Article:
This counter metric statistically and psychologically grounds a team and a company. It reminds everyone that every user flow, behavior, and pattern change has multiple consequences and that the North Star metric is the dominant goal but not the only one.

Here are some examples of common SaaS North Star metrics and a recommended counter metric.

As you can see, each counter-metric balances against the unhealthy pursuit of the North Star metric.

Is your ARR up? Great, but how is your churn looking?

Higher DAUs? Nice, but how long are those sessions actually? Are these real users actually getting value?

Your NPS score is up? That's cool, but are you sampling correctly? Or, is that a small, biased cohort that doesn’t represent the reality that you’ve got many more CX tickets from the rest of your users?

Goodhart’s law

One of the most concise ways to think about this issue is Goodhart’s law. Charles Goodhart is a British economist who coined the phrase:

“When a measure becomes a target, it ceases to be a good measure.”

While he may have been referencing Thatcher's economic policy in the 1970s, the law captures the inherent messiness of setting a specific target or goal. It can perverse a team's incentives and cause unintended consequences.

With counter metrics, we aim to find a middle ground.

Our CommandBar perspective

I was curious how our CEO and co-founder, James, thought about this core tension. We set North Star metrics as a team and business regularly and do our best to guard against over-optimization. So I asked him what he thought about counter metrics:

“Thoughtful founders and execs usually understand intuitively that most initiatives have a fairly obvious counter metric - cost. We all know that selling dollars for quarters is bad business. I think some folks forgot during the hype cycle of 2020-2022, but now I see a much healthier emphasis on “efficient growth”.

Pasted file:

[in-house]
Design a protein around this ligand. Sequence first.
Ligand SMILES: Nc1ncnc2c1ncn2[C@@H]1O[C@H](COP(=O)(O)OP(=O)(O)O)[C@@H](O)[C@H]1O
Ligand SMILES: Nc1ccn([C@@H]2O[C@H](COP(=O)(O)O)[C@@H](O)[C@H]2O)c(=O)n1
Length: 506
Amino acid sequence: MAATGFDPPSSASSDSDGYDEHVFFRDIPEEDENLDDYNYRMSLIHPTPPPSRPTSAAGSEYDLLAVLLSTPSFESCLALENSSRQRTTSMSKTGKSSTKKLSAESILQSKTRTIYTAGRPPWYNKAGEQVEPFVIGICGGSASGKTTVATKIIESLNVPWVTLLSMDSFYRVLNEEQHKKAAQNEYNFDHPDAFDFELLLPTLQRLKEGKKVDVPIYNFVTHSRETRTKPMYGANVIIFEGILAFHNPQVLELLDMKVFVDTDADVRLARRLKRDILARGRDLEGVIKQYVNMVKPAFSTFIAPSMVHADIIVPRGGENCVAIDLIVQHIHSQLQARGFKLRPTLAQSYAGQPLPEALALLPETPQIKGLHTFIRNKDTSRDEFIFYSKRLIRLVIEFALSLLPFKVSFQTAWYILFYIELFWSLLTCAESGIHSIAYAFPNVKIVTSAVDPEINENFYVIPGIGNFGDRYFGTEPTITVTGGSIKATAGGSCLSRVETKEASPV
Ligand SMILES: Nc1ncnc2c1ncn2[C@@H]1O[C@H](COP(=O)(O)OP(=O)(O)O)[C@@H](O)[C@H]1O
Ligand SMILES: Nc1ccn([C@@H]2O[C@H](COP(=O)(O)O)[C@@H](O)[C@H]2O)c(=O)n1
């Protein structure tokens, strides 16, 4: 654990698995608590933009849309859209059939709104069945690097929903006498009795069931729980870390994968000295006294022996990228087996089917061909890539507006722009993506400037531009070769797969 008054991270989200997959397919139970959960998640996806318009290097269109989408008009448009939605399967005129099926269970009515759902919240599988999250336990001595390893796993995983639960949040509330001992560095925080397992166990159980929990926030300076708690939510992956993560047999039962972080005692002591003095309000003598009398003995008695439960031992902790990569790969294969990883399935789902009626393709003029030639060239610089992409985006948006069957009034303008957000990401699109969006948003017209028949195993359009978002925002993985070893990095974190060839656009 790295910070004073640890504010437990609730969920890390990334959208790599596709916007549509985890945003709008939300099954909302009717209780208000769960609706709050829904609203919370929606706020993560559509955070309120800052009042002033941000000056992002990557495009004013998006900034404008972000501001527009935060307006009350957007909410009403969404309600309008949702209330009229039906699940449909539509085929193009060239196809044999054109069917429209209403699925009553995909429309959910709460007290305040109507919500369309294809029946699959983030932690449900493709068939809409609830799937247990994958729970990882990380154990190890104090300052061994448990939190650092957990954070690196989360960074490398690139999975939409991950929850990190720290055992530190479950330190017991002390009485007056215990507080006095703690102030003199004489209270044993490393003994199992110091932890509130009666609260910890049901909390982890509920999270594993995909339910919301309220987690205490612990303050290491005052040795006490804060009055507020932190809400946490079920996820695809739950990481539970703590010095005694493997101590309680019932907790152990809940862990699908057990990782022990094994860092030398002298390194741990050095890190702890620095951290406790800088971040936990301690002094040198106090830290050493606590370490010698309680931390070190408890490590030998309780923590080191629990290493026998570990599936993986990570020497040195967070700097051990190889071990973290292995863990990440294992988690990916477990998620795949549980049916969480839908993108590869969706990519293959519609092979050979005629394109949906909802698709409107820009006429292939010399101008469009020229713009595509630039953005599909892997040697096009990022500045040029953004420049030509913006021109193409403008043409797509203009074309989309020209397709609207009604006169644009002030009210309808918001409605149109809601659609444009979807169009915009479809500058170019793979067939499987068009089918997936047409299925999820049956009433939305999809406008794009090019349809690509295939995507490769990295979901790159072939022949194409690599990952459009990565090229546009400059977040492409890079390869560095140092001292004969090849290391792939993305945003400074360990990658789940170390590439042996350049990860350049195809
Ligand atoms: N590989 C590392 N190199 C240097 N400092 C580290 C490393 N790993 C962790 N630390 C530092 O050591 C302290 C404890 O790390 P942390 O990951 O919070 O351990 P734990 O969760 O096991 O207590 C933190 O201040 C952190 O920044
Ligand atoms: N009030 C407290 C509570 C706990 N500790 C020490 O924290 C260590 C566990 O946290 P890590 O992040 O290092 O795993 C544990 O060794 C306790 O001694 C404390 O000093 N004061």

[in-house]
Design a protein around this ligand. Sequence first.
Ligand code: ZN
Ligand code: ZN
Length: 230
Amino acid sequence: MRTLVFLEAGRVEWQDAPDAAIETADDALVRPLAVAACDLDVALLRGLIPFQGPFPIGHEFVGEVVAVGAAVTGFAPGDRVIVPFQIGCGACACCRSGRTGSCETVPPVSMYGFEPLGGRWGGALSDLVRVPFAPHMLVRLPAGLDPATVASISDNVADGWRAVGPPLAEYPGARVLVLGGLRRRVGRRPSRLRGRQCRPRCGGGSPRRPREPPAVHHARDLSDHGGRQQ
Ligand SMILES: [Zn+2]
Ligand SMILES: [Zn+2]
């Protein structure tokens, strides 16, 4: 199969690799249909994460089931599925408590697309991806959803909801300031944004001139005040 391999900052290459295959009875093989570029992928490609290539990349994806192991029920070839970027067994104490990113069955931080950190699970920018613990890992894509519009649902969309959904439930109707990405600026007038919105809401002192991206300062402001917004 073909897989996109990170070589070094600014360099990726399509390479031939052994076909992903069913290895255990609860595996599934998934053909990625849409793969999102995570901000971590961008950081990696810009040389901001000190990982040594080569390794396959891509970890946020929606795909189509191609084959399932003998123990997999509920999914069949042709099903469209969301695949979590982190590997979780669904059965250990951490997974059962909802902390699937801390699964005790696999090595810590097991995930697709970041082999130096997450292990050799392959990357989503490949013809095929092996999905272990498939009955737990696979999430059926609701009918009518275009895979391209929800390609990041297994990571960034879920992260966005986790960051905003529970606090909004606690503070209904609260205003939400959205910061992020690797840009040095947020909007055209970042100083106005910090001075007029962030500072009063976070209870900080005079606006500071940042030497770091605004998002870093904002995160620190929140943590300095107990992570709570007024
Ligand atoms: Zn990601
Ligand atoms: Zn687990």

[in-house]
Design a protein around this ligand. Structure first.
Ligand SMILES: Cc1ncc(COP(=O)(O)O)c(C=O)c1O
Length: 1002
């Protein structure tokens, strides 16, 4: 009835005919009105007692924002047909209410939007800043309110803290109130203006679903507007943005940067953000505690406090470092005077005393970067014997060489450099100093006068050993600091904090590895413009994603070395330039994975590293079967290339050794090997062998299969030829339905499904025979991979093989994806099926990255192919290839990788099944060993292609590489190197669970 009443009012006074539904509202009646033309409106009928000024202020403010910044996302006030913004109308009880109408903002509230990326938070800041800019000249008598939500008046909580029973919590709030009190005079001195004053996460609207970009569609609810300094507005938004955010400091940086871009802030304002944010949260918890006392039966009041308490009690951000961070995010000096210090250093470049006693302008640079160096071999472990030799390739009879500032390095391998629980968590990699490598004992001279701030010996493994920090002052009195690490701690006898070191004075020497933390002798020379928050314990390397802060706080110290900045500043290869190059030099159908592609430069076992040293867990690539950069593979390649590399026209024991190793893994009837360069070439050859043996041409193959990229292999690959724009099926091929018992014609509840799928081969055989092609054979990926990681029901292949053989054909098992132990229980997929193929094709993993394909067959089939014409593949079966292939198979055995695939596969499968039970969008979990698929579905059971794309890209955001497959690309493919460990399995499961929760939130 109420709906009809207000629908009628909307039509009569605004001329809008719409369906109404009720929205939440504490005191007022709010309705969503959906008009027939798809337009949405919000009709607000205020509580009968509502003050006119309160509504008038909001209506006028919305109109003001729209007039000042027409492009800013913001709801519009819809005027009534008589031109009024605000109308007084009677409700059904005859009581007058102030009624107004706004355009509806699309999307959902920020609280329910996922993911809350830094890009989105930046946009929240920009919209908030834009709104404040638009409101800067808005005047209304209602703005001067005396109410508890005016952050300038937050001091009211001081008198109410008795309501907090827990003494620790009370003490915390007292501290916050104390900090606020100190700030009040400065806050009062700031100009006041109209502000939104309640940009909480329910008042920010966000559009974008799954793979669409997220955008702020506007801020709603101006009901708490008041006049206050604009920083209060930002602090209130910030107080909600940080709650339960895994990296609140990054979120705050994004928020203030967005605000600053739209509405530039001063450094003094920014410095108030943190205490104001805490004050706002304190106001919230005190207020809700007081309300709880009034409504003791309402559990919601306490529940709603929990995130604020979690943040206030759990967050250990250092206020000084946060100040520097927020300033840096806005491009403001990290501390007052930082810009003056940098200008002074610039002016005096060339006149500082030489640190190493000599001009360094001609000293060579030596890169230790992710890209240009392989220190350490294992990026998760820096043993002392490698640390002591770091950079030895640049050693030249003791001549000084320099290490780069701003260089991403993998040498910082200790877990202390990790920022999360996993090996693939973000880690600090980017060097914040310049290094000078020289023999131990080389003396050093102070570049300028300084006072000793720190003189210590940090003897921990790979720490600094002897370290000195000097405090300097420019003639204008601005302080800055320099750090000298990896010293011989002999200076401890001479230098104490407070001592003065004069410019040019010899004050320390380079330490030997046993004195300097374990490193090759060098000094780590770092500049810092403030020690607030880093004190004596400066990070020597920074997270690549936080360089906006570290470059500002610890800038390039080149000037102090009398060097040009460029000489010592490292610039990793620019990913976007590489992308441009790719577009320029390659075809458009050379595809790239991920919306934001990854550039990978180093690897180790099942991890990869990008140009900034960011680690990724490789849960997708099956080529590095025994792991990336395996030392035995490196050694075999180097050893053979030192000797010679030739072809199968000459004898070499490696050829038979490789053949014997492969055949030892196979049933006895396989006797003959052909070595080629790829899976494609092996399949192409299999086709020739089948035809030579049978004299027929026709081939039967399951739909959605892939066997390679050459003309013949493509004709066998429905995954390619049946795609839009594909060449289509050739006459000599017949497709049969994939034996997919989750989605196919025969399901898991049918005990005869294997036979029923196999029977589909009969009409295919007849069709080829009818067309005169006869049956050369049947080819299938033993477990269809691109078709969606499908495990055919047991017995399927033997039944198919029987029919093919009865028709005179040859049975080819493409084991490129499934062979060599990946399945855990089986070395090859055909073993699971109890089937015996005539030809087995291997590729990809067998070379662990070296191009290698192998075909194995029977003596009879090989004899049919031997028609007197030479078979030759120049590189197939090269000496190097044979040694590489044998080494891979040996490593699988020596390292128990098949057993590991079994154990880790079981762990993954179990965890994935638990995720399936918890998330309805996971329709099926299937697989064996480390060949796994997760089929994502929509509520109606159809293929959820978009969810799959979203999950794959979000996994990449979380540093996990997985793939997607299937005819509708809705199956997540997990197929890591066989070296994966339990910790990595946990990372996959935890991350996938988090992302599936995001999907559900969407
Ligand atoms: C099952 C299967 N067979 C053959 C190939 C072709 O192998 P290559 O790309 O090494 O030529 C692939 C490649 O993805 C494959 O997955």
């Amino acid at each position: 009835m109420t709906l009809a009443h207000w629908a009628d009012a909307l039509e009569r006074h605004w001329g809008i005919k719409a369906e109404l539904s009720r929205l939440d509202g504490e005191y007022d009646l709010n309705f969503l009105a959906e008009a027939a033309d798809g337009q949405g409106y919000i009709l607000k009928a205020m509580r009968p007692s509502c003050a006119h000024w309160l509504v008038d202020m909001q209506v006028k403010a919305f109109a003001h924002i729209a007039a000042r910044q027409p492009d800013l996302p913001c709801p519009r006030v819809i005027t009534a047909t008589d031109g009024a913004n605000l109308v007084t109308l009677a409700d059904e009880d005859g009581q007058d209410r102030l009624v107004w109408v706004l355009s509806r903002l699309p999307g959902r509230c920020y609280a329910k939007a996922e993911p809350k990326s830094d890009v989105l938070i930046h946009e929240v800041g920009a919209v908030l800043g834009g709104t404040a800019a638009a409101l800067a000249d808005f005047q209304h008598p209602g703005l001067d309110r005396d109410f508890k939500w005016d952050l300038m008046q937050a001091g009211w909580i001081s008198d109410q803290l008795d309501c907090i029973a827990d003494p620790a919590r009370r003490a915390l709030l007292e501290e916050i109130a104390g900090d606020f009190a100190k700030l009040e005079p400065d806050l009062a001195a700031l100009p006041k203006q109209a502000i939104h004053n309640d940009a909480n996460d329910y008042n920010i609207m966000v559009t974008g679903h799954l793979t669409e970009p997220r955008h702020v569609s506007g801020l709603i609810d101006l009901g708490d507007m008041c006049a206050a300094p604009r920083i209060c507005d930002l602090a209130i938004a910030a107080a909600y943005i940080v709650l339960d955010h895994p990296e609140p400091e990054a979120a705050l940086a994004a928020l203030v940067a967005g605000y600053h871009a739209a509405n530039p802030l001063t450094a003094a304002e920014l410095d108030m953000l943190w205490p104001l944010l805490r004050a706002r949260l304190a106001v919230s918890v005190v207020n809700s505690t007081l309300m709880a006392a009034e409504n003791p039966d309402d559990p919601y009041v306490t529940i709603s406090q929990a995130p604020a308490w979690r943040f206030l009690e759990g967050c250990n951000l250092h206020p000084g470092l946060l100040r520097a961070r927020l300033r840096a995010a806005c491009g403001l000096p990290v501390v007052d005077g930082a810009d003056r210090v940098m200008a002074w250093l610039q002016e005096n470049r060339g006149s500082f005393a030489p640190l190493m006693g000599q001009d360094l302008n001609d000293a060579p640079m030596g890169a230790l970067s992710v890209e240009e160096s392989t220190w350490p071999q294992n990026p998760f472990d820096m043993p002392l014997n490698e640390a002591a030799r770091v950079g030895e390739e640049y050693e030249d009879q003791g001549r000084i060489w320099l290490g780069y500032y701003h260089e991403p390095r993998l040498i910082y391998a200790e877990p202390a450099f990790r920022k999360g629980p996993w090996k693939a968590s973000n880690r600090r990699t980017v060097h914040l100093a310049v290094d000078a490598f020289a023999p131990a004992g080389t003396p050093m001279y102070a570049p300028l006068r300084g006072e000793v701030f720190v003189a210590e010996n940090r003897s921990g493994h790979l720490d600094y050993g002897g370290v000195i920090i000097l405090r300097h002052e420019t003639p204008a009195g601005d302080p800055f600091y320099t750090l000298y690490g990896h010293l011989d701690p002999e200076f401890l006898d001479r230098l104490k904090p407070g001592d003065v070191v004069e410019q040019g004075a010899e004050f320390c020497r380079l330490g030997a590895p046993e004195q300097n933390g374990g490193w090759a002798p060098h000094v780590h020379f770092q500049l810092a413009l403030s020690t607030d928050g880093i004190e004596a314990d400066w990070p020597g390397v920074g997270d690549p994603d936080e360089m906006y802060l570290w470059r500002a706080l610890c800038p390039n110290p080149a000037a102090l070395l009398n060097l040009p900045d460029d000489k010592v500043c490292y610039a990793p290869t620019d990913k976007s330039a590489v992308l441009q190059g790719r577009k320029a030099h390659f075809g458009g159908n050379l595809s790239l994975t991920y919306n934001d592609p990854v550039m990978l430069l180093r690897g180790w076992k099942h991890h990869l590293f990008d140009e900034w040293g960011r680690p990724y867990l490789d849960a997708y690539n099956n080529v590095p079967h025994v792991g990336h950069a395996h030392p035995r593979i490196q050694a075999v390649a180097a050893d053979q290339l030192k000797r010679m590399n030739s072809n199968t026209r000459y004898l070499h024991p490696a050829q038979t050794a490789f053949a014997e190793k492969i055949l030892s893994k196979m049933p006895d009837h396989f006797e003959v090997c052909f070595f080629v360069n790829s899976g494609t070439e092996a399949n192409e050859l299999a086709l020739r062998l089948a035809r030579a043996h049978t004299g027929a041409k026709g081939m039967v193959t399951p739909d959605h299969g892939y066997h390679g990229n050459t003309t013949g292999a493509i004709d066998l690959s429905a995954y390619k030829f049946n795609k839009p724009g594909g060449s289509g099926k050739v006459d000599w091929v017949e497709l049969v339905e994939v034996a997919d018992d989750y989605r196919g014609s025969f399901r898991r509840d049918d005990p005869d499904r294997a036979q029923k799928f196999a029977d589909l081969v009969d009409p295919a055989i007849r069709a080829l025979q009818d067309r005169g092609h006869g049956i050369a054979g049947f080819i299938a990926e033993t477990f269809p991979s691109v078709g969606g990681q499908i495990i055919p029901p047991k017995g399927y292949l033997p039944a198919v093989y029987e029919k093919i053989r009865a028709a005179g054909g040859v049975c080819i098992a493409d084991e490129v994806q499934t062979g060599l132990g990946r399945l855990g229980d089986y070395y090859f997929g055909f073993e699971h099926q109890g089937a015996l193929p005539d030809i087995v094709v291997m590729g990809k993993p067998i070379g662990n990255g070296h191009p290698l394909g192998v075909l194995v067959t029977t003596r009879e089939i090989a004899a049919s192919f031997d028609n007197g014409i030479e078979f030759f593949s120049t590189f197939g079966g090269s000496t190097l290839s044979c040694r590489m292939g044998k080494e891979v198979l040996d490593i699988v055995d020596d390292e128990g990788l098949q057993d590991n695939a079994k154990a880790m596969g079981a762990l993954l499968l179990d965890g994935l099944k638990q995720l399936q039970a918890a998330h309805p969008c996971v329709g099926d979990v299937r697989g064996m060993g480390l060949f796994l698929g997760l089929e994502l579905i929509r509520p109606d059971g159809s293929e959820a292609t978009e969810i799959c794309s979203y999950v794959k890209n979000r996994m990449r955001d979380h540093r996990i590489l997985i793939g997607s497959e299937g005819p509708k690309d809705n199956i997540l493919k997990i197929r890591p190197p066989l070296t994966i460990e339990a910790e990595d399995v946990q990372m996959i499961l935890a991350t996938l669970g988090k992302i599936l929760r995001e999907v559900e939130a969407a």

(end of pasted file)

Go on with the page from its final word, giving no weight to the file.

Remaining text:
I think the more interesting opportunity for counter metrics comes at the UX level rather than the company level. All the time, we see companies launch way too many interrupting experiences to users — upgrade now, sign up for our newsletter, take a survey, etc. The root of this bombardment is…metrics without countermetrics. Every team launching popups has a metric they want to optimize. Growth wants to optimize conversion, marketing wants to optimize their audience size, UXR wants to get as much user feedback as possibly. All are are individually reasonable, but these goals must be constrained by some metric that captures user annoyance. It’s a tragedy of the commons — each popup furthers a team’s goal, but contributes to user annoyance.

I will take this opportunity to toot our own horn. That’s why we built a counter metric into our product, called Strikes, to measure how annoyed users are finding your nudges (and give you tools to back off automatically when this happens).

A final word

It's important to set aggressive North Star goals, and pushing your team to orient around them is perfectly OK.

But to avoid over-optimization and unforeseen negative impacts, be sure to set at least one counter metric to guard against the downside of your North Star pursuit.